OTOH, there are times when you have to think about the assembly sequence, like if you have a long BT-20/ST-7 tube that is also the engine tube. It helps to break that tube into two smaller lengths, like placing a 2.75" or 3" length at the rear with the coupler acting as both a coupler and an engine block. Double-duty. Or, as you've seen, you separate what actually remains a single tube into smaller sections for working within the program (like hidden lengths inside a transition, for example). Such tricks become part of your kit-bag after awhile.

Quote:
For example, generally-speaking I've only seen 18" total tube lengths for sale and I wonder if I wouldn't want to keep that in mind in the design phase and actually edit a tube's total length to that 18" and then add a tube coupler & more tube length to get what would be in the real world... I suspect the addition of a coupler in RS or ORK would bring you closer to what you'd really get during a flight sim... True? Unimportant consideration?


I've used random-length tubes in some designs, placing a coupler at known tube lengths to keep the mass correct, but not breaking the long tube down otherwise. From the POV of the program, it doesn't care. It calculates aerodynamics on the total exposed length(s), not the individual lengths that may be internal. It calculates the mass on the total of all the parts based on their area totals and the mass values per unit in the database; not on any specific part. We've run into issues with the database on this already; some component materials have bogus entries, or values that are at best whacked. It catches us occasionally...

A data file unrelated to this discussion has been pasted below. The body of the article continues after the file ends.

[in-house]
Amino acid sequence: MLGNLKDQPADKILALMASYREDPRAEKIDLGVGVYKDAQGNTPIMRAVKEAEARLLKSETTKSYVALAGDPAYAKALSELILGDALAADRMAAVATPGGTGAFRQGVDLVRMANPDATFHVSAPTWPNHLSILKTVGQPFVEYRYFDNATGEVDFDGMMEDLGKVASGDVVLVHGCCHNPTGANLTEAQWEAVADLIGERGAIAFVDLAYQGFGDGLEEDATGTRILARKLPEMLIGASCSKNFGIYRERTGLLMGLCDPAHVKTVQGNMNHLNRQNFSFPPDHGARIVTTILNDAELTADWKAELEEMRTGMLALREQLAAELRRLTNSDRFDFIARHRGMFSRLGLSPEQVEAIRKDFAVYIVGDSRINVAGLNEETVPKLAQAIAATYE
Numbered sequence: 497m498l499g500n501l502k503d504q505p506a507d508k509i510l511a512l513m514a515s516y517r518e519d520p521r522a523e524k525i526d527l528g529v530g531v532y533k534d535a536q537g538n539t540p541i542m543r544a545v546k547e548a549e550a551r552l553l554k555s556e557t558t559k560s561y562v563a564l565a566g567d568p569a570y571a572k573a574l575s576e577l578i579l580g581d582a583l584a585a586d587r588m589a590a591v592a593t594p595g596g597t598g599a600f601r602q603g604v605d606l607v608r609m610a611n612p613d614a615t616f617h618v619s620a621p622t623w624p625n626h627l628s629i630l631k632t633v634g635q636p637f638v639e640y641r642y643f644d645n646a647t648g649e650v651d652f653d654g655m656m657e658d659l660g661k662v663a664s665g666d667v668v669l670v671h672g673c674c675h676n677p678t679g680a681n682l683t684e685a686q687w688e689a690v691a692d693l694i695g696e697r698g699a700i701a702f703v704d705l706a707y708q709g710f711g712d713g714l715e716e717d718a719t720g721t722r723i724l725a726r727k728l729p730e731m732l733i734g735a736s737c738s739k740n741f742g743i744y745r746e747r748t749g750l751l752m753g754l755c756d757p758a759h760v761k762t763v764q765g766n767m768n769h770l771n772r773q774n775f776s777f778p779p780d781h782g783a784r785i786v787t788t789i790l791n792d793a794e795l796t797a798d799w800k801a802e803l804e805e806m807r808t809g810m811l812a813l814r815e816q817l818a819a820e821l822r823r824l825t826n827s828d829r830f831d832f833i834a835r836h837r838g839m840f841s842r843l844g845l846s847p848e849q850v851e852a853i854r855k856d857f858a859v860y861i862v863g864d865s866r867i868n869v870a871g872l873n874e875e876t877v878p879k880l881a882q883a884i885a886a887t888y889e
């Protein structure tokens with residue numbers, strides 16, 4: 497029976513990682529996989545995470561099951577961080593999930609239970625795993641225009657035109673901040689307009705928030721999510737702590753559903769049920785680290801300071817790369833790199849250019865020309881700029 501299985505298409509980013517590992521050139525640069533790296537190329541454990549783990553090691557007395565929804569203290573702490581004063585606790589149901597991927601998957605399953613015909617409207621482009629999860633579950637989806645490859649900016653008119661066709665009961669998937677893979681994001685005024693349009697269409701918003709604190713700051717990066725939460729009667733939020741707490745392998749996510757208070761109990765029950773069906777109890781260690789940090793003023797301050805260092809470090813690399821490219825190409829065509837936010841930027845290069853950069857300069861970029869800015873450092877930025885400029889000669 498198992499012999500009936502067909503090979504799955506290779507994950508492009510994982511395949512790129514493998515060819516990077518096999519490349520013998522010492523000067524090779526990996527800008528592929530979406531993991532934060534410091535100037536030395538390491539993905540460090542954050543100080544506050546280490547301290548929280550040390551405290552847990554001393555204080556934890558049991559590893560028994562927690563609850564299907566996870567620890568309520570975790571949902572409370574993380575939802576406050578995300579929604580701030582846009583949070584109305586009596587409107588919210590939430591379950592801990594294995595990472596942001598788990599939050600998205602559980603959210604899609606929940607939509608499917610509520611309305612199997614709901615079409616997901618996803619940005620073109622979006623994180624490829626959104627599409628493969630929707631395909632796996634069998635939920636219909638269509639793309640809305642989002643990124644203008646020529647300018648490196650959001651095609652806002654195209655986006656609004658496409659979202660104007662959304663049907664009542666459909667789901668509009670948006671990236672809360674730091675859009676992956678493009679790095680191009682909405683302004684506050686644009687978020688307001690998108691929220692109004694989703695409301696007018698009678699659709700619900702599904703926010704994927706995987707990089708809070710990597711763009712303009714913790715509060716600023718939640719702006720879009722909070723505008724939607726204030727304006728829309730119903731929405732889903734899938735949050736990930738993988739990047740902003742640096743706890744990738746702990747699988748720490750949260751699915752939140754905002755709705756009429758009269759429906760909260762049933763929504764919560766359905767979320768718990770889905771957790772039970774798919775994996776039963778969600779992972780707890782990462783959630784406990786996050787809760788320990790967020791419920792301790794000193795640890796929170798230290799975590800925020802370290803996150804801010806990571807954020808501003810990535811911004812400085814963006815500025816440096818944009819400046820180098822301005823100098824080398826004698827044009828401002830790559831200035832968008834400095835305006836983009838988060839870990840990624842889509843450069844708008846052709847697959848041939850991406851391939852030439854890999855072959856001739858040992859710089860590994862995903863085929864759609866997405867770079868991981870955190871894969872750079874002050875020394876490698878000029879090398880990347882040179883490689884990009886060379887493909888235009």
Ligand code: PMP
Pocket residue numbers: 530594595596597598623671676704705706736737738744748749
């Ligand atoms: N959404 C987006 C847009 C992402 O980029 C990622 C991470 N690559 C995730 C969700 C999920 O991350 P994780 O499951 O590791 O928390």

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  #4  
Old 09-24-2012, 01:54 PM
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Quote:
Originally Posted by CPMcGraw
What I've been trying to do with my more recent stuff is to design for low-Dv. Simply put, to achieve a low velocity at the apogee so that the parachute(s) don't open "explosively". I've got a few like that where you think the chute is going to rip itself off; the sound of the chute opening (even 300-400 feet up!) is as loud as a gunshot. If I design to avoid such, then the end result is usually a better-flying rocket overall, even if I have to sacrifice some top-end performance to get it.


Has anyone done any testing to determine how accurate the deployment velocity predictions are? With things like the Altimeter Two available, it should not be a difficult research project.



Quote:
Originally Posted by CPMcGraw
I've used random-length tubes in some designs, placing a coupler at known tube lengths to keep the mass correct, but not breaking the long tube down otherwise. From the POV of the program, it doesn't care. It calculates aerodynamics on the total exposed length(s), not the individual lengths that may be internal. It calculates the mass on the total of all the parts based on their area totals and the mass values per unit in the database; not on any specific part. We've run into issues with the database on this already; some component materials have bogus entries, or values that are at best whacked. It catches us occasionally...